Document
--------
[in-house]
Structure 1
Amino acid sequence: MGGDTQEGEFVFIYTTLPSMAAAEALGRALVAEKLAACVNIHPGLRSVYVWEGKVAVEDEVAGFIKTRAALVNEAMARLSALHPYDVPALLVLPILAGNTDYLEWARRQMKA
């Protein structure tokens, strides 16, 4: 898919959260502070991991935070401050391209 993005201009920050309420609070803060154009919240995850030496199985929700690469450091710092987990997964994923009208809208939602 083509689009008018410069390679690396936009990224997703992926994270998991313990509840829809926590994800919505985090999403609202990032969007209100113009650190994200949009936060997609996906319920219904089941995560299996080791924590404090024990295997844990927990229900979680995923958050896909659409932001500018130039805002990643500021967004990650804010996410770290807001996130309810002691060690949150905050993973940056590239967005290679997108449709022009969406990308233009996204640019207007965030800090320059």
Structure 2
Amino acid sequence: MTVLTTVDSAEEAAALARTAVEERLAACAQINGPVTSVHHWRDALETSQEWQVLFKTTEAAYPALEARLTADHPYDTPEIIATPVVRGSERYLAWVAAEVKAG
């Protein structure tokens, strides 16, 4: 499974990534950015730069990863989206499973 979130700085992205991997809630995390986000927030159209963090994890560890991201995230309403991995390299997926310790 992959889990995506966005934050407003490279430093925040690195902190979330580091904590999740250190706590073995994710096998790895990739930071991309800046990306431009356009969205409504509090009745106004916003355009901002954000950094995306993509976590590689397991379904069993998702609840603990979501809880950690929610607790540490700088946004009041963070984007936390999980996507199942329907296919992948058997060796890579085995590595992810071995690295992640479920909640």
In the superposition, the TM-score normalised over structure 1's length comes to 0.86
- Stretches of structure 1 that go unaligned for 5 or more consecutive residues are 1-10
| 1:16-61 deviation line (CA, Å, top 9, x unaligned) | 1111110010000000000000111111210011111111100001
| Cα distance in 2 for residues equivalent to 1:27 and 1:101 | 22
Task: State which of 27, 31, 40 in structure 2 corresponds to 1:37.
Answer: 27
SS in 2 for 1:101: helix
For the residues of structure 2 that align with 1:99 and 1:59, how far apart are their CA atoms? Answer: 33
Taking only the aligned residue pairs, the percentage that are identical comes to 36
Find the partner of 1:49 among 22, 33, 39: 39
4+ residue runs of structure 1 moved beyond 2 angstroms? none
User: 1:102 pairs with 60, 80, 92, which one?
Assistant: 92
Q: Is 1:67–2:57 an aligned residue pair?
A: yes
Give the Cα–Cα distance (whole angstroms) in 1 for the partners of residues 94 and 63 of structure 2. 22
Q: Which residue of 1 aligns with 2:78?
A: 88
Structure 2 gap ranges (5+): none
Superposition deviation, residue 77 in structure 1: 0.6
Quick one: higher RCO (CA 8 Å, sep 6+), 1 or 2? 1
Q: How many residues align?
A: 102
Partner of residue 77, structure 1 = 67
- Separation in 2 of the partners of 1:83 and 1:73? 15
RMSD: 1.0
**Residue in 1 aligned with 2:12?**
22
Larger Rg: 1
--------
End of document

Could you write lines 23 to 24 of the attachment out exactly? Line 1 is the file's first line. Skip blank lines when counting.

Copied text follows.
Give the Cα–Cα distance (whole angstroms) in 1 for the partners of residues 94 and 63 of structure 2. 22
Q: Which residue of 1 aligns with 2:78?